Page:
Arthur Gelb, the New York Times managing editor whose arts sensibility and journalistic vigor molded the paper for decades, died Tuesday at age 90 of complications from a stroke, his son said.
The veteran newsman reportedly died in New York. Son Peter Gelb told the Times his father died of complications of a stroke.
Arthur Gelb joined the Times as a copy boy in 1944 and rose to become its managing editor before retiring in 1989.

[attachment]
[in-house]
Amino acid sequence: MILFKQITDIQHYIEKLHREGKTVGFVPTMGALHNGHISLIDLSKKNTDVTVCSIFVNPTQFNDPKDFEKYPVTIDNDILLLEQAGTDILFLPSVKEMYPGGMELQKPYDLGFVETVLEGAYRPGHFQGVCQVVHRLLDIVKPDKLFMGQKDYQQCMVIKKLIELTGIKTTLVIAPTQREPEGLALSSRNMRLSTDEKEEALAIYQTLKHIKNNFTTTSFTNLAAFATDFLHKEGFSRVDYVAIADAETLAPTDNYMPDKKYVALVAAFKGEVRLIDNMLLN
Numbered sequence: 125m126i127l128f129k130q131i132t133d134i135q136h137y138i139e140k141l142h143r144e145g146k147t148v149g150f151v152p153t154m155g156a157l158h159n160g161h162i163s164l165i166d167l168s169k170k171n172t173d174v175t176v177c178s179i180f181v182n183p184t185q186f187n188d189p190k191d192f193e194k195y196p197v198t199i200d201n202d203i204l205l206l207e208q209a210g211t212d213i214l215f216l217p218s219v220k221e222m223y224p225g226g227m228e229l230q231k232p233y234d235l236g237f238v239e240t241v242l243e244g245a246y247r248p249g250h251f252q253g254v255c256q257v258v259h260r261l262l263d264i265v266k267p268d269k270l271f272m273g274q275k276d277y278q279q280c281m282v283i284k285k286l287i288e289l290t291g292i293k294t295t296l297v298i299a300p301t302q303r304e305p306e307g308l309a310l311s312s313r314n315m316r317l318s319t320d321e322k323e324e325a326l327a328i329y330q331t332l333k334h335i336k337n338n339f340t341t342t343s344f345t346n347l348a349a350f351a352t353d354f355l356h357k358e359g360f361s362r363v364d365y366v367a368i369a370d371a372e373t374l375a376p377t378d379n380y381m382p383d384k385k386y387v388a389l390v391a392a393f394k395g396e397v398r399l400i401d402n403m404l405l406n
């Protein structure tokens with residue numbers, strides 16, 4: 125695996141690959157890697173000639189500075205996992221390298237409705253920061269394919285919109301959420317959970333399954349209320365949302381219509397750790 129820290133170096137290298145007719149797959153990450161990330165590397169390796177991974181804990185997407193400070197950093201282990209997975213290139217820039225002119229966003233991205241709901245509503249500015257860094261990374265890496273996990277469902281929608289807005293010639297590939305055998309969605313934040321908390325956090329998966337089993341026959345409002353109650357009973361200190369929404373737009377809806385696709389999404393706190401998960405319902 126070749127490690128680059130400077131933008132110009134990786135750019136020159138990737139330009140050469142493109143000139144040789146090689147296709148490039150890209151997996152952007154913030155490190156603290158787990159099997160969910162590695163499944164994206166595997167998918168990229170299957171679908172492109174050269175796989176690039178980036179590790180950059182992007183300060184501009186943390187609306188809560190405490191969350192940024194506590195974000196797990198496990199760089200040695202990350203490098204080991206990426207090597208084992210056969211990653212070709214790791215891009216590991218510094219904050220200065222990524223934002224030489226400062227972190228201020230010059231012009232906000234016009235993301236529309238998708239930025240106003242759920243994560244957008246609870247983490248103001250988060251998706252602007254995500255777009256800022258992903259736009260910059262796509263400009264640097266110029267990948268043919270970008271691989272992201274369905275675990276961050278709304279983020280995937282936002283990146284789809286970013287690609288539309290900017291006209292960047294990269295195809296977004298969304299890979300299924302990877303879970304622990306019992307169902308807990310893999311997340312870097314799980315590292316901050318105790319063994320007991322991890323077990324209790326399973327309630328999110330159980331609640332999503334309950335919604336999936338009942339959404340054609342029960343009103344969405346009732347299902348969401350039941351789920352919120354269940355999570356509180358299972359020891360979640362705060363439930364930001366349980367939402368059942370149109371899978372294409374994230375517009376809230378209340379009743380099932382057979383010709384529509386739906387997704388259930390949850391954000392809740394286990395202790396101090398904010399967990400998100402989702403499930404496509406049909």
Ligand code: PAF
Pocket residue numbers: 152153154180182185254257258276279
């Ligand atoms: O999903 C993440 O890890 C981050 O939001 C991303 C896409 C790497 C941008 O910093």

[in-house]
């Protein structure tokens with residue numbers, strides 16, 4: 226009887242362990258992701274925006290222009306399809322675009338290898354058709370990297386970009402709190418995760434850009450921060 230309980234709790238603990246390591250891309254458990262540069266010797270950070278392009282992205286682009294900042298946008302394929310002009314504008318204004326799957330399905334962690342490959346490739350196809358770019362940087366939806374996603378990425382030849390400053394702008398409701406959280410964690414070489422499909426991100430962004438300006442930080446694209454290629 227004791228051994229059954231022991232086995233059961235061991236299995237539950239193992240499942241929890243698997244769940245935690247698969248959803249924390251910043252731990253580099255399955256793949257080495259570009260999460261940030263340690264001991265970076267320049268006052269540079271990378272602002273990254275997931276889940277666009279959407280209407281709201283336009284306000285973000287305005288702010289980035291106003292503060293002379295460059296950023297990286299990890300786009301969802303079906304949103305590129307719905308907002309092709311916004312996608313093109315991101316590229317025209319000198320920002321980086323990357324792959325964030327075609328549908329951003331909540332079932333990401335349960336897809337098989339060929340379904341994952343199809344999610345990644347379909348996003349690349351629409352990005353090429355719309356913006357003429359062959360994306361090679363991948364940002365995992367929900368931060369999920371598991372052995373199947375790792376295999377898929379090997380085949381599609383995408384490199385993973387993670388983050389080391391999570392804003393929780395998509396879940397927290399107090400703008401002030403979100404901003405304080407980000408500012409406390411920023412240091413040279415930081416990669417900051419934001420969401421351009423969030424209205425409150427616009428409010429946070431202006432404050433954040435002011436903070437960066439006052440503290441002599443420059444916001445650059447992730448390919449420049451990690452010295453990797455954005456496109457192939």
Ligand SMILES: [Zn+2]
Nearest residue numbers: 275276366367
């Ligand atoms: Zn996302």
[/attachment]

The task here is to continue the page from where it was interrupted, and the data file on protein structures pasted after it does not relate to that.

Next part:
He was an influential arts writer, but earned most fame as a metropolitan editor who oversaw a famous expose of police corruption.
He was also a newsroom leader who helped create the now-familiar Sports Monday, Science Times and other daily sections that were revolutionary innovations of their day.
“Arthur Gelb was a powerful part of the Times for decades,” publisher Arthur Sulzberger Jr. said in a statement. “He brought great energy and insight to our journalism.”
This story "Arthur Gelb, Pioneering Times Editor and Critic, Dies at 90" was written by Forward Staff.